Spain Tries to Solve Yesterday’s Housing Crisis

Barcelona Spain
Buildings in Barcelona, Spain, December 10, 2017 (Unsplash/Marco Da Silva)

Spain’s ruling left-wing parties have agreed various measures to make housing more affordable, including a rent cap and higher property taxes for landlords.

The proposals are unlikely to be effected in areas ruled by conservatives, and they are right to block them. The pandemic has already made housing more affordable in Spain. The country doesn’t need the government to step in. Read more “Spain Tries to Solve Yesterday’s Housing Crisis”

The Return of European Social Democracy

Olaf Scholz
German Social Democratic Party leader Olaf Scholz attends a conference in Berlin, June 25 (PES)

Olaf Scholz has given German social democracy a new lease on life. For the first time in sixteen years, his Social Democratic Party (SPD) — Germany’s oldest — has defeated the center-right Union of Christian Democrats. Support for the SPD went up from 20.5 to 26 percent in the election on Sunday. Still below its pre-reunification heights, when it would routinely win up to 40 percent, but enough to make Scholz the most likely next chancellor.

His counterparts in Portugal and Spain have been equally successful. António Costa was reelected with 36 percent support in 2019. Pedro Sánchez won two elections that year. Both govern with the support of the far left. Four of the five Nordic countries are led by social democrats. The fifth, Norway, soon will be, after Labor won the election two weeks ago.

It wasn’t so long ago that commentators ruminated on the “death of European social democracy,” myself included. Now it’s back in swing in the north, south and center. What changed? Read more “The Return of European Social Democracy”

Curaçao Accepts Dutch Supervision of Economic Reforms

Willemstad Curaçao
Aerial view of Willemstad, Curaçao (iStock/Texpan)

The new government of Curaçao has accepted Dutch supervision of economic reforms it is due to carry out as part of a COVID-19 rescue plan.

Parties led by Gilmar Pisas won the election in March on a promise to oppose supervision.

The now-prime minister defended his about-face by arguing Curaçao was with its “back against the wall.”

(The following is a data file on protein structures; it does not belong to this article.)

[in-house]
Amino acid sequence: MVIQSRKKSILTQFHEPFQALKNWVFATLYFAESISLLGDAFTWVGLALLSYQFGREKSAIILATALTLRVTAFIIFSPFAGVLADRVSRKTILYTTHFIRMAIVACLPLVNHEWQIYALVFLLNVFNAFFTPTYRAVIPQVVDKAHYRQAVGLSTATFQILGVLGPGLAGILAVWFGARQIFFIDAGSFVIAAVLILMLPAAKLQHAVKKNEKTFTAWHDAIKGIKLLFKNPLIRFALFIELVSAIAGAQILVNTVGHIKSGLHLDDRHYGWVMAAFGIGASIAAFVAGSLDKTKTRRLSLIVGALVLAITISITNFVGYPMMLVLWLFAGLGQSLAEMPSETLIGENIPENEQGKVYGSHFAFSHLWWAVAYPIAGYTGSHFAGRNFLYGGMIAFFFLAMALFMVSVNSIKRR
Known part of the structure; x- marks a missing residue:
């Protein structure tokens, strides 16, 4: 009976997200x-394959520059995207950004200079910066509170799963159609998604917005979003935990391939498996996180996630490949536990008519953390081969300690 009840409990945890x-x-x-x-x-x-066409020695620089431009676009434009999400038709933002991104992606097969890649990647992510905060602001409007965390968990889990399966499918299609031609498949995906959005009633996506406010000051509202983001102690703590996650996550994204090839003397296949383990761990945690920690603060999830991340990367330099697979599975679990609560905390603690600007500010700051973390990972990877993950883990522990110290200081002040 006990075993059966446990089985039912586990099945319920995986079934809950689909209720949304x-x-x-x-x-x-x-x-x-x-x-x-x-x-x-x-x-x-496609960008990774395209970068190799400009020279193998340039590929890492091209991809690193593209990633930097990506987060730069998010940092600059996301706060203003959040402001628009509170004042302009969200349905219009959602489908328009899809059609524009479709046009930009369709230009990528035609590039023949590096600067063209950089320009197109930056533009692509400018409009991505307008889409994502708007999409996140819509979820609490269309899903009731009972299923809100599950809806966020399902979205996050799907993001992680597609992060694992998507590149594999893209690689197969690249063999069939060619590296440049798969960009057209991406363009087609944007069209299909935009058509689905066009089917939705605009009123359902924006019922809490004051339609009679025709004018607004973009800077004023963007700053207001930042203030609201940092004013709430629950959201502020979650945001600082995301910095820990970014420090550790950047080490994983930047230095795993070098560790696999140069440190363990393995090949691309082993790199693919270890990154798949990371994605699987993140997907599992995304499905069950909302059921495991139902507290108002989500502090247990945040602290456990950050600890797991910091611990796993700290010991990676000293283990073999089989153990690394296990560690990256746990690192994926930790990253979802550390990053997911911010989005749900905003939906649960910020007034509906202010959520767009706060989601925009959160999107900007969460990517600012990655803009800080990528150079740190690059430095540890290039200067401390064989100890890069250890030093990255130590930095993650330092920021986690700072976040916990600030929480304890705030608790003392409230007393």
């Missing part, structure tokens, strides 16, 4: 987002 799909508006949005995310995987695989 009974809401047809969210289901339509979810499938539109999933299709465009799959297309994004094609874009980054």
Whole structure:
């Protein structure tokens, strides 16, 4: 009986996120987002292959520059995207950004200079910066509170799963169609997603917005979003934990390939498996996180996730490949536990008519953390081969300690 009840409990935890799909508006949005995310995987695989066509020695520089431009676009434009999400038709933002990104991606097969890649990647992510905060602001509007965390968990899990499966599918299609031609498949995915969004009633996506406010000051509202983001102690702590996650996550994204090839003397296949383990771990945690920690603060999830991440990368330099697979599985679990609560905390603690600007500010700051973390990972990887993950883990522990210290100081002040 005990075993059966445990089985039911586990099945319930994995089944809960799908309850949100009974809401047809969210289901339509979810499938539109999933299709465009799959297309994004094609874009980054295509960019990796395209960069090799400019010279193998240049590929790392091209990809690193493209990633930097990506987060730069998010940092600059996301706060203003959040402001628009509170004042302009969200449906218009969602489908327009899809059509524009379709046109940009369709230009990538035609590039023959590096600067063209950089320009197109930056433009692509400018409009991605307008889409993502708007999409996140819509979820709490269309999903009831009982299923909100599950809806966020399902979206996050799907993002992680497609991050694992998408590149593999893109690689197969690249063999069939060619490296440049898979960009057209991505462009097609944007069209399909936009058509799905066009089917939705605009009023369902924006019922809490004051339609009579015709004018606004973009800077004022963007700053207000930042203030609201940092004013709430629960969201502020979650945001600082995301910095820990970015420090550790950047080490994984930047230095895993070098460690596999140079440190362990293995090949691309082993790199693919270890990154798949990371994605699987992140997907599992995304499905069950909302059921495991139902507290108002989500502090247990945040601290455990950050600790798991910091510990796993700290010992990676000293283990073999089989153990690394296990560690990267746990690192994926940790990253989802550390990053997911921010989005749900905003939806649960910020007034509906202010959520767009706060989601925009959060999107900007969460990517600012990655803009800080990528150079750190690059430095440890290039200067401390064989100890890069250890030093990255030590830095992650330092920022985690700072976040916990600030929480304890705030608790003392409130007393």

Which was the same argument his predecessor, Eugene Rhuggenaath, made in the election campaign, when Pisas rejected it. Read more “Curaçao Accepts Dutch Supervision of Economic Reforms”

Netanyahu Cruises to Reelection on Back of Vaccination Success

Benjamin Netanyahu
Israeli prime minister Benjamin Netanyahu speaks with General Martin Dempsey, chairman of the American Joint Chiefs of Staff, January 20, 2012 (DoD/D. Myles Cullen)

Parliamentary elections are held in Israel on Tuesday. Prime Minister Benjamin Netanyahu’s conservative Likud is projected to place first with around thirty seats, down from 37. Twelve other parties are expected to cross the 3.25 percent electoral threshold, including two new parties on the right.

I asked our man in Tel Aviv, Ariel Reichard, for comment. Read more “Netanyahu Cruises to Reelection on Back of Vaccination Success”

Biden Plans $1.9 Trillion Coronavirus Rescue Program

United States Capitol
Workers drape a flag from the facade of the United States Capitol in Washington DC for Joe Biden’s inauguration ceremony, January 9 (Victoria Pickering)

Joe Biden is planning to ask Congress for $1.9 trillion in the first weeks of his presidency to cope with the effects of the coronavirus pandemic in the United States.

Matthew Yglesias and Punchbowl News, a new Capitol Hill-focused newsletter, have the details:

  • $400 billion for health, including $50 billion for testing, $30 billion for protective gear and $20 billion for vaccinations.
  • Hire 100,000 public health workers.
  • A mandatory paid sick leave program.
  • $1,400 cheques to all Americans on top of the $600 cheques sent in December.
  • Extend federal unemployment benefits at $400 per week.
  • Extend the eviction moratorium.
  • $30 billion in rental assistance.
  • Raise the federal minimum wage to $15 per hour.
  • Raise the child tax credit to as much $3,600 per year for families with young children.
  • $350 billion in financial relief for local, tribal and state governments. Read more “Biden Plans $1.9 Trillion Coronavirus Rescue Program”